Blue Truck Recommends: Books About Love

10 Feb

Valentine’s Day: at its core, it’s not about roses or candy hearts, grand gestures, pina coladas, or getting caught in the rain. Out somewhere beyond all that commercialism and making people feel bad, it’s about love.

(I think once upon someone even said, love is all you need, but I can’t be sure.)

Kicking off the first in a series, Blue Truck Recommends, here are my by-no-means-exhaustive suggestions for a few love-ly reads:

If you’ve lost some love…
Love is a Mixtape: Life and Loss, One Song at a Time by Rob Sheffield

If you want to lose some love…
Mr. Peanut by Adam Ross (reviewed here)

If love has been under your nose this whole time…
One Day by David Nicholls (sort-of reviewed here)

If you’ve got mad mama love…
Room by Emma Donoghue

If you’re having a rough time with this thing called love…
Say When by Elizabeth Berg

If you’re unsure whether marriage is compatible with love…
Committed: A Skeptic Makes Peace with Marriage by Elizabeth Gilbert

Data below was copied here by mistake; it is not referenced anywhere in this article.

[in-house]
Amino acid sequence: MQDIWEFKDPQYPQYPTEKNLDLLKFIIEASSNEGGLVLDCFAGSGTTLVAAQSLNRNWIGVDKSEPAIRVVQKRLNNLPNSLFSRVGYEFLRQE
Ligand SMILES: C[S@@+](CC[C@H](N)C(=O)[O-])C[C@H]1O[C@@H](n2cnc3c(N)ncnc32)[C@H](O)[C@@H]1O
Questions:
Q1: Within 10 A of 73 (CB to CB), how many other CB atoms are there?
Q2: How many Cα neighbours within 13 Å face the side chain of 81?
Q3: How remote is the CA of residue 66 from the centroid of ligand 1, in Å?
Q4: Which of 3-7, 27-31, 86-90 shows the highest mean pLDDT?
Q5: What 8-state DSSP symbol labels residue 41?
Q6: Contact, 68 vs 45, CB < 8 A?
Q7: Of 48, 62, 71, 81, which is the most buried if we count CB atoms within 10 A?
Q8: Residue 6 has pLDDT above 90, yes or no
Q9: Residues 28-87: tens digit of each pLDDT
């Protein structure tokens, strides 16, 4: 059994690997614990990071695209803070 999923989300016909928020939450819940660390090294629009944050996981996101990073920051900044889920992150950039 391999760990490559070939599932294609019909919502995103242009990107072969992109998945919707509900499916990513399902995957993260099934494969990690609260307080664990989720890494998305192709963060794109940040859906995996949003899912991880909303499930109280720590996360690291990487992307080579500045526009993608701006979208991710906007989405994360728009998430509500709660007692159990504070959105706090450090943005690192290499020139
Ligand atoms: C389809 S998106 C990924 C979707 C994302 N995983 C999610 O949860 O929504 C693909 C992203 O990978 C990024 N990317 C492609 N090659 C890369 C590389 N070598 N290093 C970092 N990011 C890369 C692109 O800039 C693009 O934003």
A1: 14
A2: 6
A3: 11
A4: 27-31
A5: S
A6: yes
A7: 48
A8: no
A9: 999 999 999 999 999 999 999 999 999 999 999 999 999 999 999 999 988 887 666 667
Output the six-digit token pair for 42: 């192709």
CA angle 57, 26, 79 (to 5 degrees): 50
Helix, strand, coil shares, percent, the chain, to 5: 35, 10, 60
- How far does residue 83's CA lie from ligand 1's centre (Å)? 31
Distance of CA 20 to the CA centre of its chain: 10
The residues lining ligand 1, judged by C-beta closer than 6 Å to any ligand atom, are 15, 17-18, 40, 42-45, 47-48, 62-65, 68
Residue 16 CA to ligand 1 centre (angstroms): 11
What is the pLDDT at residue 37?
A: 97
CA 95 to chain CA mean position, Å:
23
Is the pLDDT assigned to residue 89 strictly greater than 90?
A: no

If you want a little magic with your true love…
Petty Magic by Camille DeAngelis (read my interview with the author)

If you know that friendship is its own awesome love…
Sideways by Rex Pickett

If love is different than you remembered it…
You Lost Me There by Rosecrans Baldwin (read my review)

If you want love that inspires you to make tremendous discoveries…
Radioactive: Marie and Pierre Curie: A Tale of Love and Fallout by Lauren Redniss (review forthcoming, hopefully)

If you believe love can be both huge and tender…
The Giant’s House by Elizabeth McCracken

If you really love your coworkers…
Then We Came to the End by Joshua Ferris

If you really love your grandmother…
The Night Journal by Elizabeth Crook

If you’re full of complicated familial love…
This is Where I Leave You by Jonathan Tropper (or anything by Jonathan Tropper, really)

If you believe in bravery and self-love…
Pretty is What Changes: Impossible Choices, the Breast Cancer Gene, and How I Defied My Destiny by Jessica Queller
The Wonder Spot by Melissa Bank

If you know that “it’s complicated” is sometimes the only reasonable facebook relationships status answer to love…
Come Together by Josie Lloyd & Emlyn Rees

Happy Valentine’s Day, readers. But way more importantly: happy reading!

(photo credit to Keturah Weathers)